The next fortnight was very busy. Dr. Macpherson, whose efforts, -wounded
as he was, were beyond all praise, was more than grateful for my help. I was
speedily initiated into the mysteries of military surgery. The operating room
was my tent, the operating table a-ground-sheet. I had to make up antiseptic
lotions from the water in rock pools and to impress any one I could find to
act as anesthetist.
It was most instructive to see the bravery of the Baganda. Armed only
with their muzzle-loading guns they attacked the Sudanese outposts and drove
them in to the fort, pursuing them till themselves driven back by the mutineers
opening fire with the Maxims.
One native came to me and showed me what was obviously a bullet imbedded
in his knee and asked me to remove it. As there was no recent wound I asked
when he got it. "Oh", he said, "when fighting the Mohammedans four years
ago." Asked why he wanted it out he said he could not kneel down properly
or aim correctly. I thought that was a very soldier-like answer and so
extracted the bullet for him. But I am blest if he did not want to cram it
down his gun and fire it at his new enemies I On one occasion the officers were
so struck with the bravery of the Baganda that they lined up and gave them
a rousing cheer as they returned from a skirmish.
There remains but little more to tell about the Mutiny. The skill and
bravery of that fine Christian soldier and gentleman, Major (afterwards General)
Macdonald are known to all. He lost his own brother in one of the fights the
same day that our devoted fellow-missionary Pilkington was killed. Slowly
the Government forces gained the upper hand. Reinforcements from Machakos,
and later on from India, arrived and Uganda was saved. But it was in those
dark days that we won the affections as well as the respect of the people.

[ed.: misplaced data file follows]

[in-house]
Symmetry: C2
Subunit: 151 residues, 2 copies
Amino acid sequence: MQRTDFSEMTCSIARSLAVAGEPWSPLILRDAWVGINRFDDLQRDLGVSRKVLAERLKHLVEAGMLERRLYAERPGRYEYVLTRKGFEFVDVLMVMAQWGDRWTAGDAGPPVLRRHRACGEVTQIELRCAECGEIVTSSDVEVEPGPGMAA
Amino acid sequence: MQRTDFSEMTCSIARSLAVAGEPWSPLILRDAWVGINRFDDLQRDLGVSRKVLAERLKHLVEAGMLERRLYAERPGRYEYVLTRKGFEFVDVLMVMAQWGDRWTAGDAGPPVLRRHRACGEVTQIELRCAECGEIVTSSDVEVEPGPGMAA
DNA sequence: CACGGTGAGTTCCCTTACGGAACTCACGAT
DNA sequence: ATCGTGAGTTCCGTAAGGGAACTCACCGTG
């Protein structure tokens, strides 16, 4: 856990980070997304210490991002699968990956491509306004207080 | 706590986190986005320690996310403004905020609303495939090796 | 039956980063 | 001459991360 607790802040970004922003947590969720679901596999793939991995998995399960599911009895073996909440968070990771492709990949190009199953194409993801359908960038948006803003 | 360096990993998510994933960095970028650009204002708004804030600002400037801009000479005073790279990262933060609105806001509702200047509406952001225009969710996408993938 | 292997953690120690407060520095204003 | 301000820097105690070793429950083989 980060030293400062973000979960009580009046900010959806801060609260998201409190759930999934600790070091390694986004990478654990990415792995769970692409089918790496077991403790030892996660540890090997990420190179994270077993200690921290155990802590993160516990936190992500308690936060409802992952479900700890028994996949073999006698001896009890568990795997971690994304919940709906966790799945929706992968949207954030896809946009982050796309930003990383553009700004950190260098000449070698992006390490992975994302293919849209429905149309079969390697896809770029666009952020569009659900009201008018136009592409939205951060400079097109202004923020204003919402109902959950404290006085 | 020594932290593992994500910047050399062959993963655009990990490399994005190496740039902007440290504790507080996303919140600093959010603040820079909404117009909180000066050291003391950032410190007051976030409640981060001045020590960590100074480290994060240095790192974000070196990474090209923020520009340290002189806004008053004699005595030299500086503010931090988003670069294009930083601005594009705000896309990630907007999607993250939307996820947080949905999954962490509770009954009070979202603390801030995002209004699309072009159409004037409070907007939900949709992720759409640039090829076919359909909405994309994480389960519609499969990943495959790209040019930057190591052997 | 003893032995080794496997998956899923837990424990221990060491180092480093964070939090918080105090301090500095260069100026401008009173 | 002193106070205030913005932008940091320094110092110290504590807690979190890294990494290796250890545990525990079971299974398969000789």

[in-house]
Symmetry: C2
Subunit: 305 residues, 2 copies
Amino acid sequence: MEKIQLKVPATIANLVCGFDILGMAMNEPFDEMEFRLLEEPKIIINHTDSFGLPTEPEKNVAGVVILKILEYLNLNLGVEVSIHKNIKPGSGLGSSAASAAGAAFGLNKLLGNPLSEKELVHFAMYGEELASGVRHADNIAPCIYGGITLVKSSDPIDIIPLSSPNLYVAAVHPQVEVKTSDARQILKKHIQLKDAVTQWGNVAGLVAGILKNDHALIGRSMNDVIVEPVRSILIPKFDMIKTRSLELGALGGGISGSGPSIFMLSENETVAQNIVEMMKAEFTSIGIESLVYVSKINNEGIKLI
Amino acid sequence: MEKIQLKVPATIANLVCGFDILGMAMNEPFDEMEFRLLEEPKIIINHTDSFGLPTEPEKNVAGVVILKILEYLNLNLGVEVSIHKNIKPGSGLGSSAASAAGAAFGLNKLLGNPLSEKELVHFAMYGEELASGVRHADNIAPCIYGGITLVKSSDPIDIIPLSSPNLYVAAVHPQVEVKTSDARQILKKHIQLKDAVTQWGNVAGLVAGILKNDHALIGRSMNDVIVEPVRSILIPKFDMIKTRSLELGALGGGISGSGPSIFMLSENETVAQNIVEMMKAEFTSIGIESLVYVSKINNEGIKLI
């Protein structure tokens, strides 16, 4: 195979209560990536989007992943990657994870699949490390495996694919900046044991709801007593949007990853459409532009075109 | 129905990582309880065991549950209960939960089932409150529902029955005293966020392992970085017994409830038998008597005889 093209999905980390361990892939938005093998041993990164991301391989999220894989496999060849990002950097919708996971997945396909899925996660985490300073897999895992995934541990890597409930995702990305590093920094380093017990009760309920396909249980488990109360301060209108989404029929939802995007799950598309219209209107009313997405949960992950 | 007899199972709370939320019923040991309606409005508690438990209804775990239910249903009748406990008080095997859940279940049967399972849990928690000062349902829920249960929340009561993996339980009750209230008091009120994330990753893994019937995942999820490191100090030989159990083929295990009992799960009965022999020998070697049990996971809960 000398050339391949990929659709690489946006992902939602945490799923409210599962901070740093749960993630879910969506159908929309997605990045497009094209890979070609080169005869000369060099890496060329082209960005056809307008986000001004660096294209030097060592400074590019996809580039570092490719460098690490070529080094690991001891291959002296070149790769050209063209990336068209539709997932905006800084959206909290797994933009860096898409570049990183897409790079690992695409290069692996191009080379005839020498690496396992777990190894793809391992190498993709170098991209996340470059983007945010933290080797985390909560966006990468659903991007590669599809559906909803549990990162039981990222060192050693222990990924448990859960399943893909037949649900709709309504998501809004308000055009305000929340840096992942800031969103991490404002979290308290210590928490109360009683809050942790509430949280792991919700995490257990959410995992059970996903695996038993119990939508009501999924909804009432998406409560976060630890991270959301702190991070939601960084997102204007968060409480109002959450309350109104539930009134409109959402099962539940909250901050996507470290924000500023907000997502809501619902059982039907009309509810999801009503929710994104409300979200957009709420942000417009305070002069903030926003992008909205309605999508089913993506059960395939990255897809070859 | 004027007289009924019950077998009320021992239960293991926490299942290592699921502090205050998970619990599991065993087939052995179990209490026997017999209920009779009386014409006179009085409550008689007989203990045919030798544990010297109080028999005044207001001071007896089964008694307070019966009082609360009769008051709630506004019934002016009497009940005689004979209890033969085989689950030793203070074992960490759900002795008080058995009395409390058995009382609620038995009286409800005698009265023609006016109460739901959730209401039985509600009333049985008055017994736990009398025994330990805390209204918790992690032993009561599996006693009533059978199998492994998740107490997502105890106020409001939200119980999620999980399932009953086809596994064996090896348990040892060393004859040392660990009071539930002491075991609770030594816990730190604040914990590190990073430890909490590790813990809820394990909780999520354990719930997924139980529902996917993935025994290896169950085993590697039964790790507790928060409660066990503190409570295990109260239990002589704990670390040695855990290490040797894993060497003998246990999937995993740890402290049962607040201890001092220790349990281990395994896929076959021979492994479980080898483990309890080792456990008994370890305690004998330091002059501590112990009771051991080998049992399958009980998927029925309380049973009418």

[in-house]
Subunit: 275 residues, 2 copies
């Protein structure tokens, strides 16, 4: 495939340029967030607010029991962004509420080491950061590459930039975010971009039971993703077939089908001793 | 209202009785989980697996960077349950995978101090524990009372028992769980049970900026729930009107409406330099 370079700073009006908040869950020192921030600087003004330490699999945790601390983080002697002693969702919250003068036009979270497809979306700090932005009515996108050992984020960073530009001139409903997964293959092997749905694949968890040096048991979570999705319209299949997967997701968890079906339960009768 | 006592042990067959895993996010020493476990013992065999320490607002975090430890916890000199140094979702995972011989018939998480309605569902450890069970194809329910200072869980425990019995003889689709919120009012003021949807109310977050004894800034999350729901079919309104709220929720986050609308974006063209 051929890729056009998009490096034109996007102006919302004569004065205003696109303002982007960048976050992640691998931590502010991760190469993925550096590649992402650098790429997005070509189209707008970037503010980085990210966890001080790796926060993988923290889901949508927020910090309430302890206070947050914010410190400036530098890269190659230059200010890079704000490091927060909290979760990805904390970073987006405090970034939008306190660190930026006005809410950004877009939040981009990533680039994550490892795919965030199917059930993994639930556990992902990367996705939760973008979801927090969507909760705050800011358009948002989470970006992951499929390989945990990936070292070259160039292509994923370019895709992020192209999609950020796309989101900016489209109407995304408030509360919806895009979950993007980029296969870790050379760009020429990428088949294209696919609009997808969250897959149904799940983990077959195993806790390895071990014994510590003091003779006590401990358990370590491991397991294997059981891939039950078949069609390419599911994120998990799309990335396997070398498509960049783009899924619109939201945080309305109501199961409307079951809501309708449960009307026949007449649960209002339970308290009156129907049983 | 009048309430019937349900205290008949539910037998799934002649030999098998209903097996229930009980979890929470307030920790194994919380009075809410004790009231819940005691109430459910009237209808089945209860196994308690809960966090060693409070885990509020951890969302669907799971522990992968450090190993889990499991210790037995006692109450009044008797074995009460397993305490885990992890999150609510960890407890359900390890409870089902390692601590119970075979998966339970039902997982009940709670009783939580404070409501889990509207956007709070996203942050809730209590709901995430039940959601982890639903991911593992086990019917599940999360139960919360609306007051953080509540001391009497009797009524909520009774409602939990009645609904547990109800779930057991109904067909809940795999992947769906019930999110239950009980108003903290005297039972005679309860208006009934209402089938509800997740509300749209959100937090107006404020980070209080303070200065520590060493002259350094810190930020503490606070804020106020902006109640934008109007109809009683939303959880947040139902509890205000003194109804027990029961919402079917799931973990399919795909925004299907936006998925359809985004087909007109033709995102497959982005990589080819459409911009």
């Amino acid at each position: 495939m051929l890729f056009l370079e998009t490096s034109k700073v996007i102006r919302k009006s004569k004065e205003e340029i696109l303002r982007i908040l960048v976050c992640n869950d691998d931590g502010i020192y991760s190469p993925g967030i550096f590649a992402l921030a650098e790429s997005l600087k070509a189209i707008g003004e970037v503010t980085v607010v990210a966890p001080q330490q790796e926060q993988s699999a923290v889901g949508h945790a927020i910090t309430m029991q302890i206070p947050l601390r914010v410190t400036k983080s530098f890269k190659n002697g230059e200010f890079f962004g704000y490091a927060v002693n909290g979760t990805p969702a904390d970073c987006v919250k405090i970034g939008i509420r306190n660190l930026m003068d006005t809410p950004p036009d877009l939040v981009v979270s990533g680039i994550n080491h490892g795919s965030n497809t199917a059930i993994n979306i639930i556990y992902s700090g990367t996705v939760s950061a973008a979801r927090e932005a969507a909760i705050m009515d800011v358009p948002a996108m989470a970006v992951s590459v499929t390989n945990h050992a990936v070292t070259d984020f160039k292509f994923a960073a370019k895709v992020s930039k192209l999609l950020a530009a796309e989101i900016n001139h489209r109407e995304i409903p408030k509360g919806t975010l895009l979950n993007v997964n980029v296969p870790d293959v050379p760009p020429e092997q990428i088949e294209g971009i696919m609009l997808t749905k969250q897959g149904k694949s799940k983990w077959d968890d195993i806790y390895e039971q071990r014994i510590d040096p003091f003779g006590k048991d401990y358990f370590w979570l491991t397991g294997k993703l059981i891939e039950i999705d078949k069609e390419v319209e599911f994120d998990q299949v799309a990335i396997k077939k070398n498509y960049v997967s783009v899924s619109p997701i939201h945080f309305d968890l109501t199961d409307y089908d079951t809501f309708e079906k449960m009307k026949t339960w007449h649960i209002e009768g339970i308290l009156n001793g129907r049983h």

They realized that hospitals and dispensaries were meant to help them and
when Sir Harry Johnston opened our new and much enlarged hospital in 1900
they flocked to' it eagerly.
I have dealt in this account with only a small period of time, 1896 to 1899,
and there are quite a number of people in Kampala to-day who can remember
well the events which I have described. I cannot close without saying that
if I had my life's choice over again I would still choose the vocation of a
medical missionary. To attempt to heal the suffering body is much, to carry
the water of salvation to thirsty souls is more, but to combine the two is the
grandest life work a man can have.
By E. J. WAYLAND.
The salt lake of Katwe is in Busongora and, as most readers of this Journal
are aware, lies in the floor of the Western Rift Valley to the south-east of
Ruwenzori, and on the west or Toro side of the Kasinga channel, which is the
effluent of the relatively small reservoir of Lake George and flows into the great
Lake Edward. From the latter, Katwe is only about 800 yards distant, and on
account of the mosquitoes which swarm near the margin of the larger sheet of
water the locality is unhealthy.
The area is flat, thickly grassed, lightly bushed, hot and unusually dry, for it
misses much of the rain that falls on Ruwenzori and on the Ankole country east
of the Buhwezhu scarp.
Katwe is astonishing. Owing to the gradual rise of the ground toward its
rim one comes suddenly upon the immense cauldron-like hole in which the lake
lies; then one sees, almost at a glance, that its level is much below that of Lake
Edward, (1) and that its waters are red; indeed, from certain points of view,
There are times on a clear morning when Katwe is attractive, for its pink and
blue reflections have a strange compelling beauty of their own ; but sun-drenched and
shadowless at mid-day the place is unlovely, stifling and malodorous; and when
the long shadows of late afternoon display the cauldron in hard relief, and yet
again, and more emphatically, when its alarming form is slowly unveiled by the
vague light of a rising moon, Katwe seems an eerie spot befitting sinister
performances-a fiend-made meeting place, you might suppose, for the Devil and
(1) It is a curious fact that according to a map made by the Uganda-Congo Boundary
Commission (1906-1908) the level of Katwe is 74 feet above that of Lake Edward. My approximate
levelling showed Katwe to be lower than Edward by 95 feet. Levels taken by a Railway
Reconnaissance party declared Katwe to be 7'70 feet above Edward. My figure was sufficiently
confirmed, however, when engineers of the Uganda Public Works Department, starting from a
benchmark near the Government Salt Boma, determined the altitude-difference between Katwe
and Edward as 94'18 feet, the first mentioned lake being lower.
aso30o' 30 30s
MAP OF PARTS OF TORO ALBERT -
AND ANKLE, / ""
30, 1. UNG 3dT m